Temple restoration is in progress. I could see the elements of Shikhara arranged on the floor to be assembled. I could not find a reference dating this temple. But my guess is it should be the late 10-11th CE temple going by the architectural elements.
Architectural features that stood out at Banashankari temple
- The wide door jamb is intricately carved.
- The carved Mandapa Pillars and the Ceiling of the Mandapa.
- A dilapidated Shikhara or superstructure that barely maintains its shape indicates a Nagara Style Shikhara.
- The platform has a stepped diamond shape.
- It is a Dvikuta temple or a temple with two shrines.
- Hope to see this temple when it is restored.
Chandramouleshwara Temple, Unkal, Hubli
Located near the well-known Unkal Lake, this temple too needs to be searched a bit though not as much as Banashankari temple. I reached the temple, passing through streets with many bullock carts parked. The temple is boxed on all sides by construction that has cropped up all around it. At first look, the temple looks very flat as the Shikhara is totally missing but as I went closer its beauty started revealing itself.
Chandramouleshwara temple is dedicated to Shiva. What is unique about this temple is the presence of two Lingas and two Nandis. The smaller Shiva Linga has an oval-shaped Yoni and is a Chaturlinga or a linga with four faces carved on it. The other linga looks from a later period. The temple is absolutely symmetrical with four doors in four directions. As of now only one door – I think the one facing north is open. You can go around and see all four doors and the carvings on the exquisite doorjambs.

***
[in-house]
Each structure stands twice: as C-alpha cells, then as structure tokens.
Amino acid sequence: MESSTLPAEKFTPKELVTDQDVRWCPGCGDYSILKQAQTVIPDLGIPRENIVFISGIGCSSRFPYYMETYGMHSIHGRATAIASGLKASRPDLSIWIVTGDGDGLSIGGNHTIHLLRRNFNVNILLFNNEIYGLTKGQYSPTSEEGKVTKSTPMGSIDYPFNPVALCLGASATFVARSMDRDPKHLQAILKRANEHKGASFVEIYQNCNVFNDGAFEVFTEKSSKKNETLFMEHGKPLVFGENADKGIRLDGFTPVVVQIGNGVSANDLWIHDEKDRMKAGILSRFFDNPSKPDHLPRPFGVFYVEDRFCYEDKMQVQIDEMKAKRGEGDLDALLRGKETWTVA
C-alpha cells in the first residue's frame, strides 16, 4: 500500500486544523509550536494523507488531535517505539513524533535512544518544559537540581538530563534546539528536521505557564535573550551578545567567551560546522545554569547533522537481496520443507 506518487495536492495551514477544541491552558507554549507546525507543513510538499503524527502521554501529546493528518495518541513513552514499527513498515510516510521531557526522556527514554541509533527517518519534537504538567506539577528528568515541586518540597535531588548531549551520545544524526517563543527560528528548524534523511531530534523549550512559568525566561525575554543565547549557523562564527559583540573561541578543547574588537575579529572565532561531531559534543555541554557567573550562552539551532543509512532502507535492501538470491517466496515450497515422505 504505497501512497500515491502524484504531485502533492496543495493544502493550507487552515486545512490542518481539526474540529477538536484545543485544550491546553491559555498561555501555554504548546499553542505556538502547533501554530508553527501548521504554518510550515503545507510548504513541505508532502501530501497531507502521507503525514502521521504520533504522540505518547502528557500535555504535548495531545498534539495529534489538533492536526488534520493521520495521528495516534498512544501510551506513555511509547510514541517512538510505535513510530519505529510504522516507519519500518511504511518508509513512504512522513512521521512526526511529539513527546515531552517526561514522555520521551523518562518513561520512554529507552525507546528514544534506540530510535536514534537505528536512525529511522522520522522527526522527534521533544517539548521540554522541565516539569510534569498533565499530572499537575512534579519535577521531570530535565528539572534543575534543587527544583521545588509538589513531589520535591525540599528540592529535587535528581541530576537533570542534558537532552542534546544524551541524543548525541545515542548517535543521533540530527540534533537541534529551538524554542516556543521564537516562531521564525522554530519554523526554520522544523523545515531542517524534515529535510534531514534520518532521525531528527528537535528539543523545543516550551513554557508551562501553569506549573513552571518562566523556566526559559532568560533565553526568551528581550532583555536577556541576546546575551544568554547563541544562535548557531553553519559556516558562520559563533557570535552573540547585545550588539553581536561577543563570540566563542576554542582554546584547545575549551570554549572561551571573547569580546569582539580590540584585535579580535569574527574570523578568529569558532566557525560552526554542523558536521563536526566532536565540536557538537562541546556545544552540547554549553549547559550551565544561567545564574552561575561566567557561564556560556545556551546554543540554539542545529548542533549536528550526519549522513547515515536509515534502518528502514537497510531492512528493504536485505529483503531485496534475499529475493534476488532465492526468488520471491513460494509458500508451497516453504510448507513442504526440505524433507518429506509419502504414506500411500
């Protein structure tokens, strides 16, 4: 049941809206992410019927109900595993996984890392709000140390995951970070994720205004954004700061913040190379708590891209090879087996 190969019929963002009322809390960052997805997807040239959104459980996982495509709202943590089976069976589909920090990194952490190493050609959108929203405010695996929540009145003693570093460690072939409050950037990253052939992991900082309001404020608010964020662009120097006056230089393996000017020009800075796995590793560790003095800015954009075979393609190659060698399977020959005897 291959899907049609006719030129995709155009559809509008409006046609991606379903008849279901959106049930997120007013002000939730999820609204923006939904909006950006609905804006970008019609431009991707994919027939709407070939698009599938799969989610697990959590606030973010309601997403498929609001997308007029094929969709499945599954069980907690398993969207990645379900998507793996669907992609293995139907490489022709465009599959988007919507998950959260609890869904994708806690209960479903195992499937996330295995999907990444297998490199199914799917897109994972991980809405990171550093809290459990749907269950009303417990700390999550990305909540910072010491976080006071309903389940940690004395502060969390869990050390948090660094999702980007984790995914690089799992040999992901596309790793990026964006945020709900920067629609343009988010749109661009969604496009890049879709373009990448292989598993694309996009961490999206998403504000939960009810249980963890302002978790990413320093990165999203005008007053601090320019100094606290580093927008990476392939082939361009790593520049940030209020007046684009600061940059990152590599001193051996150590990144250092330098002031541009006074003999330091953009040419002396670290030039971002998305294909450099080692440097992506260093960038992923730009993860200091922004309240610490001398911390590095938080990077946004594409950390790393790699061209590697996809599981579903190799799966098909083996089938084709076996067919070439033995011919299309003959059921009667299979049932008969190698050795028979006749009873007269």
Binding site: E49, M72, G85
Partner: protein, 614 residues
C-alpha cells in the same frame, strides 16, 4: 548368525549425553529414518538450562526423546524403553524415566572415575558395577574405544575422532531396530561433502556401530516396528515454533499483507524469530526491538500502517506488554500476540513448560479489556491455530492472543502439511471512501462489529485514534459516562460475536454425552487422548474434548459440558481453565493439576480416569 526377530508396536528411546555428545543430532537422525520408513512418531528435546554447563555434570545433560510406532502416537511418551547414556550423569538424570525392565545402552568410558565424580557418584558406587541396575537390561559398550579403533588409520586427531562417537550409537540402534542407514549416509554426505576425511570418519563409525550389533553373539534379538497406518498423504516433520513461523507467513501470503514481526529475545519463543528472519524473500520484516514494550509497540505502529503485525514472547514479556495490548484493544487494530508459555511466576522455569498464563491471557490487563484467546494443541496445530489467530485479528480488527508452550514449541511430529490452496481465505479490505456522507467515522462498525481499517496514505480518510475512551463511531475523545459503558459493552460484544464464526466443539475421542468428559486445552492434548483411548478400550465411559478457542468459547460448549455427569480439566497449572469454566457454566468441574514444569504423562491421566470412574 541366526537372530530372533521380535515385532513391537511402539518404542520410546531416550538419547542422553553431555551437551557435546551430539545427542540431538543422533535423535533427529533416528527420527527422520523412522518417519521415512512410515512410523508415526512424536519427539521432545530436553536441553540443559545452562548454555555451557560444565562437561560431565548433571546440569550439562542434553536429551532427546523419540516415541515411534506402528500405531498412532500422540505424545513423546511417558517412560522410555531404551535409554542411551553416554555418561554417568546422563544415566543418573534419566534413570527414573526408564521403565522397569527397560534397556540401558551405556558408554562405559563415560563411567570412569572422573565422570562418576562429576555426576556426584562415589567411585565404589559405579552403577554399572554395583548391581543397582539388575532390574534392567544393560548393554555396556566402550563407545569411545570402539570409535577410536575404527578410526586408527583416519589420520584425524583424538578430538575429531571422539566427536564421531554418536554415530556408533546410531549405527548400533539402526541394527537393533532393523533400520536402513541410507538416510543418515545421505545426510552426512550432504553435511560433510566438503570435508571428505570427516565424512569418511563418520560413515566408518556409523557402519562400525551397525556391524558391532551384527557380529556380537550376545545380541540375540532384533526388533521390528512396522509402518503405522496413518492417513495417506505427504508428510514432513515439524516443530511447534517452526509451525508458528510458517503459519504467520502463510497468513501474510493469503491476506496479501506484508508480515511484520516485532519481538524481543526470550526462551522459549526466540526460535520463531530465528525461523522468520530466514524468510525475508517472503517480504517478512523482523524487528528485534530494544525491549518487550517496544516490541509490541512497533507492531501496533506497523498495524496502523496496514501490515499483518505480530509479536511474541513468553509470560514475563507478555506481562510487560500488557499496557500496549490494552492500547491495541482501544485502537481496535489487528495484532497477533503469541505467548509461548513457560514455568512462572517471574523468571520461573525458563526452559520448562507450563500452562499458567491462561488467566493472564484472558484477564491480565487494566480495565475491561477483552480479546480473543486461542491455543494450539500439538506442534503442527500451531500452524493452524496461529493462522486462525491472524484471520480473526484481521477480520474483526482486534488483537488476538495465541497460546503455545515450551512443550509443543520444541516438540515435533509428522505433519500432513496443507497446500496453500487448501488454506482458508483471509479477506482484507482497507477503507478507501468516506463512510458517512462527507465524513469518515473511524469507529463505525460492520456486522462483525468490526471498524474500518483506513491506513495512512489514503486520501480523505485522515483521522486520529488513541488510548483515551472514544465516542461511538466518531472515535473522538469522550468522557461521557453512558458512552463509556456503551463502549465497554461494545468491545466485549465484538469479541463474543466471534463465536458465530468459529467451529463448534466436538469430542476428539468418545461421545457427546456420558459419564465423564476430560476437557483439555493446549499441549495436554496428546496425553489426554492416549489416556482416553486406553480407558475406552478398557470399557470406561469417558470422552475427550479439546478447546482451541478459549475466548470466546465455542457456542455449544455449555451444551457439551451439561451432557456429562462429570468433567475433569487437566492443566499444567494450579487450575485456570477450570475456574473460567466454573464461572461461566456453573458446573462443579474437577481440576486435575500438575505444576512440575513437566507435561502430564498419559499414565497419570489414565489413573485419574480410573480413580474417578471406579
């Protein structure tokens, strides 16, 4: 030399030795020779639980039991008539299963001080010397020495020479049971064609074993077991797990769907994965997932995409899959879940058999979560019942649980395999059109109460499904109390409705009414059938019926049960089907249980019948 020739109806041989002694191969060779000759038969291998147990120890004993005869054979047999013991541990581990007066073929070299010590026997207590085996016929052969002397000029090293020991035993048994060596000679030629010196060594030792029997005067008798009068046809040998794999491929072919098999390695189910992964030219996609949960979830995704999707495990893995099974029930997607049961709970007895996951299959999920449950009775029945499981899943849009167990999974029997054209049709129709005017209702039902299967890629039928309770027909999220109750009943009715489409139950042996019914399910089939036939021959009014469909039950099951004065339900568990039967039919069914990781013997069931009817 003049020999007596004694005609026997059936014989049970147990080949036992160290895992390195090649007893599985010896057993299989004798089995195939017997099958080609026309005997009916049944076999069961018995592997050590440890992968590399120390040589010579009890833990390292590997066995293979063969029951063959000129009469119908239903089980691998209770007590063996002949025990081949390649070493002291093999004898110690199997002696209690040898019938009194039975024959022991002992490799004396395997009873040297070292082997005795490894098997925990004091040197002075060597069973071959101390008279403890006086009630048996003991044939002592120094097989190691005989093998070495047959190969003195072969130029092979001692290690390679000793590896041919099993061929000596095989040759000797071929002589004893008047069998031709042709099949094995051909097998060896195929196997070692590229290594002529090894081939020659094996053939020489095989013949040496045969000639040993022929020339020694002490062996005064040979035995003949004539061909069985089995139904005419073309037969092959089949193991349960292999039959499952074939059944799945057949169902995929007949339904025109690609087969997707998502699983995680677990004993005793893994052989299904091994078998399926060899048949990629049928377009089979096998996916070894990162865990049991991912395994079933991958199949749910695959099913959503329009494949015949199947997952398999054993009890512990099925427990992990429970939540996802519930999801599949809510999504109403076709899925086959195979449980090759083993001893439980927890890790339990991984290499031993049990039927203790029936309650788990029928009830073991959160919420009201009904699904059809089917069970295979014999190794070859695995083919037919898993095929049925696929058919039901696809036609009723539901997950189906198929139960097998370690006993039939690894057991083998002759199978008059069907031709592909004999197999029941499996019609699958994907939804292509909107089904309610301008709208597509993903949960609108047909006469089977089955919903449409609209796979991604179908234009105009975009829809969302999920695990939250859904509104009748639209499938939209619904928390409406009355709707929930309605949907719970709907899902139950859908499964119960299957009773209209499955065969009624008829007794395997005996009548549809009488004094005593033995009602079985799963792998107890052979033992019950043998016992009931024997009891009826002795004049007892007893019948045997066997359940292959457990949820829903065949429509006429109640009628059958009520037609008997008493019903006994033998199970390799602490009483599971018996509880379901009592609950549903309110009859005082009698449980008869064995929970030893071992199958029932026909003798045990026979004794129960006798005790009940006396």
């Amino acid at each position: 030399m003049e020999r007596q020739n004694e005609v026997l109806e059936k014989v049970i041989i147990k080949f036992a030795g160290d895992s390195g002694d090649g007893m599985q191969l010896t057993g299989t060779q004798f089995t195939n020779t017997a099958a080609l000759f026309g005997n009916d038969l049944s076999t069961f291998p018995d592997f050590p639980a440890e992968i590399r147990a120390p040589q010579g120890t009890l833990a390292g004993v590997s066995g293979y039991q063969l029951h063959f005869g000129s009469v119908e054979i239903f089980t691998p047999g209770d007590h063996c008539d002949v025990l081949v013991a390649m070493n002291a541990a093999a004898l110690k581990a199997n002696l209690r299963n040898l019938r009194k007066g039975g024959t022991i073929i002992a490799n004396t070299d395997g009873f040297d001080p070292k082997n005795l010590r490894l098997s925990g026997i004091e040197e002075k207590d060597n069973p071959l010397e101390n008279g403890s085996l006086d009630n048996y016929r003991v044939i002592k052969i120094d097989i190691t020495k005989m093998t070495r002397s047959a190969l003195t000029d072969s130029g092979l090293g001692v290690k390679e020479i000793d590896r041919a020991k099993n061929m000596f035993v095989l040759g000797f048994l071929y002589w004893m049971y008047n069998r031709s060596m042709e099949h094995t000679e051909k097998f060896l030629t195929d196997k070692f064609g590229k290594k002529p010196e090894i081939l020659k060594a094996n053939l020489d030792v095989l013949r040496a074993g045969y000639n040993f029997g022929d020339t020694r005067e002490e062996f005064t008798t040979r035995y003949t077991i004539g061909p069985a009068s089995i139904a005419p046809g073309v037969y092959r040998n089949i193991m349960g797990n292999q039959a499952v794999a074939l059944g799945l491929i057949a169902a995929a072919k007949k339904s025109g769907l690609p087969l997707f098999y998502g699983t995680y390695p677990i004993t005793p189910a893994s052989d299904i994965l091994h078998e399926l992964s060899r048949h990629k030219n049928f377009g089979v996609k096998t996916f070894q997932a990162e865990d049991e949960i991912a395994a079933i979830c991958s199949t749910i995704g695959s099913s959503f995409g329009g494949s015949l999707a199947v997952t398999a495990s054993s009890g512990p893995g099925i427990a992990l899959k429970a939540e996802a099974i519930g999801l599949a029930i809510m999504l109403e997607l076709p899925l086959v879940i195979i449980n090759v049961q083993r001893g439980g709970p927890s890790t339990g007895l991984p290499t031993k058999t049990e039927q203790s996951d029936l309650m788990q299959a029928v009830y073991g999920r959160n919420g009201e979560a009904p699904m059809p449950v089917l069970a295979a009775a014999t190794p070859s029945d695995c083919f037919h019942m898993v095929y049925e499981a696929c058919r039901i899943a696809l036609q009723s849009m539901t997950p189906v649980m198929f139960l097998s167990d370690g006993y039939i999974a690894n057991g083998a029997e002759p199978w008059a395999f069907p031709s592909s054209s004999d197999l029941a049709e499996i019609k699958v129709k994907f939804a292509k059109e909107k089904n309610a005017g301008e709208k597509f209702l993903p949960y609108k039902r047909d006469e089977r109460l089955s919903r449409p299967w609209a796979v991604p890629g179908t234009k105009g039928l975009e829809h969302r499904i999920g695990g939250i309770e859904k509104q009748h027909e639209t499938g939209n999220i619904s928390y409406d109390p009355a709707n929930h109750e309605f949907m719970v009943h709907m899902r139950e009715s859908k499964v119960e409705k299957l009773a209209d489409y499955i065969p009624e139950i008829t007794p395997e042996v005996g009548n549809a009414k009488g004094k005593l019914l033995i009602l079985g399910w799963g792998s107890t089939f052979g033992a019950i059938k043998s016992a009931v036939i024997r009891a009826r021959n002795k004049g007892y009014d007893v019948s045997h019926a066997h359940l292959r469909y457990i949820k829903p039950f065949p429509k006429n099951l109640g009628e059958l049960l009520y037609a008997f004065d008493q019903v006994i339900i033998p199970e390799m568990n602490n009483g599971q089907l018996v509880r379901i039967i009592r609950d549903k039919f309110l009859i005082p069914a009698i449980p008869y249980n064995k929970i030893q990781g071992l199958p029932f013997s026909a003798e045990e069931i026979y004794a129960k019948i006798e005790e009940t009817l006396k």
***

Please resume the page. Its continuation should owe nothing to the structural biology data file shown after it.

I found an uncanny resemblance to the Kakatiya temples of Warangal. Especially the latticed parts around the doorjambs with carvings of musicians and dancers.
Chandramouleshwara temple is multi-tiered. There are sanctums inside the sanctums taking to the total count of doors of the temple to twelve. A Pradakshina path or a circumambulation path goes around the Chalukyan temple.
Inscriptions place this temple somewhere in the 11th CE. Making it the contemporary of the Chandela temples of Khajuraho and the Chola Temples of Tanjore. I saw people coming and praying at the Chalukyan temple, but there seems to be no effort to preserve the temple. There are obvious encroachments all around the temple compound. I wish ASI looks at it empathetically.
Unique features of Chandramouleshwara Temple
- Multi-tiered temple.
- Perfect symmetry with doors on all sides.
- Pierced or latticed windows allow light inside the Chalukyan temple.
- Intricately carved doorjambs with a bottom panel showing people, who could be rulers of the time or patrons of temples or subsidiary deities, standing.
- Two Shiva Lingas and two Nandis.
- Missing Shikhara but still, a practicing temple as deities are intact.
Interestingly the houses around both these Chalukyan temples of Hubli too had very beautifully carved wooden doorjambs. Every house had a different color and style placed perfectly around a strong wooden doorjamb that looked more like the foundation of the house than an entrance.
You only have to visualize India of 10-11th CE when all these Chalukyan temples would have been at their best. And not surrounded by so many other structures.
These are the places to visit in the twin city if you have an interest in heritage, history, and architecture.
Recommend you to read the following travel blog posts on places to visit in Hubli-Dharwad & nearby.